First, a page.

It is hard to predict what all this means for the future of Arab-Israeli relations and U.S.-Israeli relations. Netanyahu has never been a principled politician, so about-faces on his about-faces are probably inevitable. Indeed, two days after the election the prime minister suggested that he still favors a two-state solution. Likud’s consolidation of the right-wing vote — and the weakening of the far-right, settler-based parties as well as the loss of seats by the ultra-orthodox parties — may give Netanyahu freedom to act boldly. Pressure to expand settlements in the territories could diminish because Netanyahu may no longer feel the need to placate a weakened Jewish Home, thereby removing a major obstacle to renewal of peace talks with the Palestinians. A Nixon-to-China, Begin-invites-Sadat-to-Jerusalem scenario is possible. A Netanyahu freed from the constraints of having to satisfy the far-right and religious parties might seize the moment and push, seriously, this time, for a two-state solution.
All that is possible, but the pandering to the right has its costs. It further marginalizes Arab Israelis, and it potentially alienates younger, more liberal Israelis who despair of the endless cycle of terrorist attacks and wars and who support Labor and centrist parties. Resenting Netanyahu’s fear-and-loathing campaign — and the potential further isolation of Israel in the international community — and guided by a wish to connect with their peers abroad in entrepreneurial ventures and cultural networks, these Israelis may reverse the long-standing Jewish trend and begin migrating out of Israel, particularly to the United States. As Harold Meyerson notes, a counter-aliyah — emigration out of Israel — would intensify the nation’s rightward drift, resulting in a tragic resolution of Zionism’s inherent paradox. “At once particularist and universal, exclusionary and egalitarian,” Meyerson writes, Zionism would devolve into an unhealthy tribalism with no prospect that Israel would ever live in peace with its neighbors.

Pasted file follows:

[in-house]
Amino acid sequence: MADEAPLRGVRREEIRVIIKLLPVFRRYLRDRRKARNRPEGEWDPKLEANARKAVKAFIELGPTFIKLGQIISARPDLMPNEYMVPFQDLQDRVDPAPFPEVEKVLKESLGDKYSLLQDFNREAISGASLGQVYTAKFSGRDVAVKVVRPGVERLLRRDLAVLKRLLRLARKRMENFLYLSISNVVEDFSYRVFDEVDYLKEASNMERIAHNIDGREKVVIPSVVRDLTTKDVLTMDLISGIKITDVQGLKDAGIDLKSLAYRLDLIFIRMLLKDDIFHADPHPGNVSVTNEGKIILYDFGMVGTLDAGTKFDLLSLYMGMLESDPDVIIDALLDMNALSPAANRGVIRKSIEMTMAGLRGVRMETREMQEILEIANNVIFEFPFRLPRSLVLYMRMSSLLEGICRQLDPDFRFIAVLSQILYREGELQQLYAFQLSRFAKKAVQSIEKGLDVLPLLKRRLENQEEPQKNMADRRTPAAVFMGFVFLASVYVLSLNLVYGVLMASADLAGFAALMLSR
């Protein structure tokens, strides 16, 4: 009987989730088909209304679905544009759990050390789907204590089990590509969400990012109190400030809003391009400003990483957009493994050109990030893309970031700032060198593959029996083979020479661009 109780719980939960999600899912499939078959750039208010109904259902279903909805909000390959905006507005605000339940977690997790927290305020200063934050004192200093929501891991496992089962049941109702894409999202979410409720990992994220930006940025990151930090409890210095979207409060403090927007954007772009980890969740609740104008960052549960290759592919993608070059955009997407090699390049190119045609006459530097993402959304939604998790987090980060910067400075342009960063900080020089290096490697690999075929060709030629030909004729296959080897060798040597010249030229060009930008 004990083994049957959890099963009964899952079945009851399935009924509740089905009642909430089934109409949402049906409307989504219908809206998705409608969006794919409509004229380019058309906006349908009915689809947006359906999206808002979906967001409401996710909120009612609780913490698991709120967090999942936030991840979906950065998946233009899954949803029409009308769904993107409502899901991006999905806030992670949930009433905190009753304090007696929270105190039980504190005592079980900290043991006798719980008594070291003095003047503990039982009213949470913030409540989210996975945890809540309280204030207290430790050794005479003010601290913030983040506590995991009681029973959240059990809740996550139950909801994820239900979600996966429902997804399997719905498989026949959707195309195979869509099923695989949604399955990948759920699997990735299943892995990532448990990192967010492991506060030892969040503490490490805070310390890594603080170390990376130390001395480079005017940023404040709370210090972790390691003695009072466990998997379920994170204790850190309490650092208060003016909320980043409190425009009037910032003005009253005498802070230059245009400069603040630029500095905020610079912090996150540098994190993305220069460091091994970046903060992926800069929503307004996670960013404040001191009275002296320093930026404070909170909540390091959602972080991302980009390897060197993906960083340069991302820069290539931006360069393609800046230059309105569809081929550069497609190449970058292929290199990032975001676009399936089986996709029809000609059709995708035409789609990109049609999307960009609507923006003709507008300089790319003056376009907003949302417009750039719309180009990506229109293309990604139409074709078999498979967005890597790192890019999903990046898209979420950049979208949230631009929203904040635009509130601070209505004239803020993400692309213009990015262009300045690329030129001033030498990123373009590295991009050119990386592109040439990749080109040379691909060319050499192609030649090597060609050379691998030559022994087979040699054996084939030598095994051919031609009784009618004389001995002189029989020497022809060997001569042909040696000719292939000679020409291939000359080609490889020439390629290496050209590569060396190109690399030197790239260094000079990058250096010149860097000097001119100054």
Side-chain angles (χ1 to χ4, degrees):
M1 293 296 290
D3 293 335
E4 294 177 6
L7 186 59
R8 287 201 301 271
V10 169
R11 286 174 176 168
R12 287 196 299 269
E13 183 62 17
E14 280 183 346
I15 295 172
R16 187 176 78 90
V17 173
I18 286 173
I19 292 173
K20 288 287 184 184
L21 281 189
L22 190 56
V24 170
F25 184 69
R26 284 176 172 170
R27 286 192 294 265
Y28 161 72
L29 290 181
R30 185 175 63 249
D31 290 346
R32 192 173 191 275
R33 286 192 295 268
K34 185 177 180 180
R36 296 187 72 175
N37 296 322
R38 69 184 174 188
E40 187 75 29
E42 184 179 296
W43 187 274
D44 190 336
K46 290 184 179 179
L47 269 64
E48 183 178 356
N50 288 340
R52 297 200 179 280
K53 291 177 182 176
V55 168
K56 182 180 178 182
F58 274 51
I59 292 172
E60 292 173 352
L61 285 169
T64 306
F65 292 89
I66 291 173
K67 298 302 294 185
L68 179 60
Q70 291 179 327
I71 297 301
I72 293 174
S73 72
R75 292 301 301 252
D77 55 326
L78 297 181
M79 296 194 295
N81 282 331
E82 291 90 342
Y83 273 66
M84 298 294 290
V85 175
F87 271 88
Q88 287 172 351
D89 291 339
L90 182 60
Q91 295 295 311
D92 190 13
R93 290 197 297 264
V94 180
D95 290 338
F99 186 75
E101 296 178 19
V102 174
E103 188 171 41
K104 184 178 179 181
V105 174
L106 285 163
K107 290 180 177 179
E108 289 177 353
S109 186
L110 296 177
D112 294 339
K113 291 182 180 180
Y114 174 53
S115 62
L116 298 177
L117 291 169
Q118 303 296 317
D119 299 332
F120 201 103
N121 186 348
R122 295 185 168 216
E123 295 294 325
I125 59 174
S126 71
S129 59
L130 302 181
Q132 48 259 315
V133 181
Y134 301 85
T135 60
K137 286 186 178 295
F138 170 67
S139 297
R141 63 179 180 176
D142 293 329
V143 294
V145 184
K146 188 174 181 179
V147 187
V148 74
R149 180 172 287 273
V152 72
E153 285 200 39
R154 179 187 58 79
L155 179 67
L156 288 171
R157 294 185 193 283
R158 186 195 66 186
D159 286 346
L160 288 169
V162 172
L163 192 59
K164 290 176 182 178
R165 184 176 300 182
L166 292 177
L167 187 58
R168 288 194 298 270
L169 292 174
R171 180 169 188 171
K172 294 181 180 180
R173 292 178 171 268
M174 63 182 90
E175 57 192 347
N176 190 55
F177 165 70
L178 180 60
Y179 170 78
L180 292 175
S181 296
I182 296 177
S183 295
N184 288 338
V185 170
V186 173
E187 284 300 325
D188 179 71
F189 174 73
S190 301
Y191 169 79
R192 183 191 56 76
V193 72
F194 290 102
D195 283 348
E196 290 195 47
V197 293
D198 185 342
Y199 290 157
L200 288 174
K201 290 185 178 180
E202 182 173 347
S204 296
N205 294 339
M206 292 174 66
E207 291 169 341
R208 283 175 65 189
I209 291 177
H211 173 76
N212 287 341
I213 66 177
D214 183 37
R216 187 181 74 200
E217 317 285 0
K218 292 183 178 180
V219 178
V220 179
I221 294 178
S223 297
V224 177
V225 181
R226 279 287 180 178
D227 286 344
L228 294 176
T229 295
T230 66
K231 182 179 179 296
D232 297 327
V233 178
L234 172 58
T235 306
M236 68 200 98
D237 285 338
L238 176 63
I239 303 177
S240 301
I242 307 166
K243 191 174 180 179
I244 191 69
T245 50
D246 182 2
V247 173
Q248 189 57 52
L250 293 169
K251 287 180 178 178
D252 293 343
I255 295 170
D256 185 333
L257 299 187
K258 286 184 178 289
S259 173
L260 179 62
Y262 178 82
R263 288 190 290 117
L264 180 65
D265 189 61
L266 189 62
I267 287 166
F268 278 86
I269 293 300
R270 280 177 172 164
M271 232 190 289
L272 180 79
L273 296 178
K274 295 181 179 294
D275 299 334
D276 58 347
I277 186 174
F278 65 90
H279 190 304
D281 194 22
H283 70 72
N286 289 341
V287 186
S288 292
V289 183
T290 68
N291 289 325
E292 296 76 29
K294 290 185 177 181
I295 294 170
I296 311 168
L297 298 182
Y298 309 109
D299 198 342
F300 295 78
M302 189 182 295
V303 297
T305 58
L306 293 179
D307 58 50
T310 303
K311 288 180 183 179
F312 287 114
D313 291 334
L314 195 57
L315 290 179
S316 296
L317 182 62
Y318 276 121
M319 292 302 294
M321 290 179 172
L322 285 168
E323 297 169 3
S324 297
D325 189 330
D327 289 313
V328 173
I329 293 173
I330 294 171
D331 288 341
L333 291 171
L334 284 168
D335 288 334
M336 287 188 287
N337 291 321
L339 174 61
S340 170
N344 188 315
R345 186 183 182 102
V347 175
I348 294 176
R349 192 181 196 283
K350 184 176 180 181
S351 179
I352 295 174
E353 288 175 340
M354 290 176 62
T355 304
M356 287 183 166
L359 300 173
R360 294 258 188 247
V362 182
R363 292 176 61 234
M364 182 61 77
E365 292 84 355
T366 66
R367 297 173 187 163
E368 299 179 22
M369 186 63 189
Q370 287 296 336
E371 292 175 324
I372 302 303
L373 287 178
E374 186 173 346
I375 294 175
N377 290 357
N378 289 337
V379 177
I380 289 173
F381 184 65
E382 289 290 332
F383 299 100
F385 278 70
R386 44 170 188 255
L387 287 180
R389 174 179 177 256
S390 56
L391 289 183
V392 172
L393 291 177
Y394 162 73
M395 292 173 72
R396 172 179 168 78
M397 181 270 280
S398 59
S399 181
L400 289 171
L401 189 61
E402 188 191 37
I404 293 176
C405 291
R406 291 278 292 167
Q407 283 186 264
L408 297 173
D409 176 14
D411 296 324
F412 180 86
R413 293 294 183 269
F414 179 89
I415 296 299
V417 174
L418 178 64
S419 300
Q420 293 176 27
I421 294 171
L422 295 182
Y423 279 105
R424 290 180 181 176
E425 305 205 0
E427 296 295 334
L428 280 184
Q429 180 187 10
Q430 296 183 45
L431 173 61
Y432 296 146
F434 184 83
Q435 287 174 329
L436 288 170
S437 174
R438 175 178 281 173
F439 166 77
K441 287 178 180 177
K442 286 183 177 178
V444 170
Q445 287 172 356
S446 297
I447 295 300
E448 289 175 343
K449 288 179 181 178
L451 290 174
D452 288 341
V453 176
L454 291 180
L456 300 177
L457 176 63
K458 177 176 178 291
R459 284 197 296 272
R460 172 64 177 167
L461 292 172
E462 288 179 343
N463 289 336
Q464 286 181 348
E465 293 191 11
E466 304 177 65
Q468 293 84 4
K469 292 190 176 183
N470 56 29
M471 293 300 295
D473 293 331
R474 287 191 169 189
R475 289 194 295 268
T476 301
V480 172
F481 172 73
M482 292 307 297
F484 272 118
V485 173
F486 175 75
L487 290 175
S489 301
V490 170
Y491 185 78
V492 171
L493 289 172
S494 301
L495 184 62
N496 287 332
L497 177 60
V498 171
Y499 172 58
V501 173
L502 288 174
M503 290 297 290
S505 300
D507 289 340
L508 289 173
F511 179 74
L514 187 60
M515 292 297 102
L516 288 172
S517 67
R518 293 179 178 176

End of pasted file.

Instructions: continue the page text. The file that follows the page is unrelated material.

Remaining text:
Winning ugly also has consequences for relations with the United States. Israel needs Washington more than ever. Only America’s veto in the Security Council prevents international recognition of Palestine as a member of the United Nations. Relations between Netanyahu and the Obama administration frayed long ago; they worsened with the recent ill-advised speech by the prime minister to the U.S. Congress in opposition to an American-brokered nuclear deal with Iran. The Arab-baiting of the political campaign and the reversal on a two-state solution only makes a bad situation worse.
“On the way to his election victory, Netanyahu broke a lot of crockery in the relationship,” said Martin Indyk, a former U.S. ambassador to Israel. “It can’t be repaired unless both sides have an interest and desire to do so.”
Or enough glue to put the pieces back together.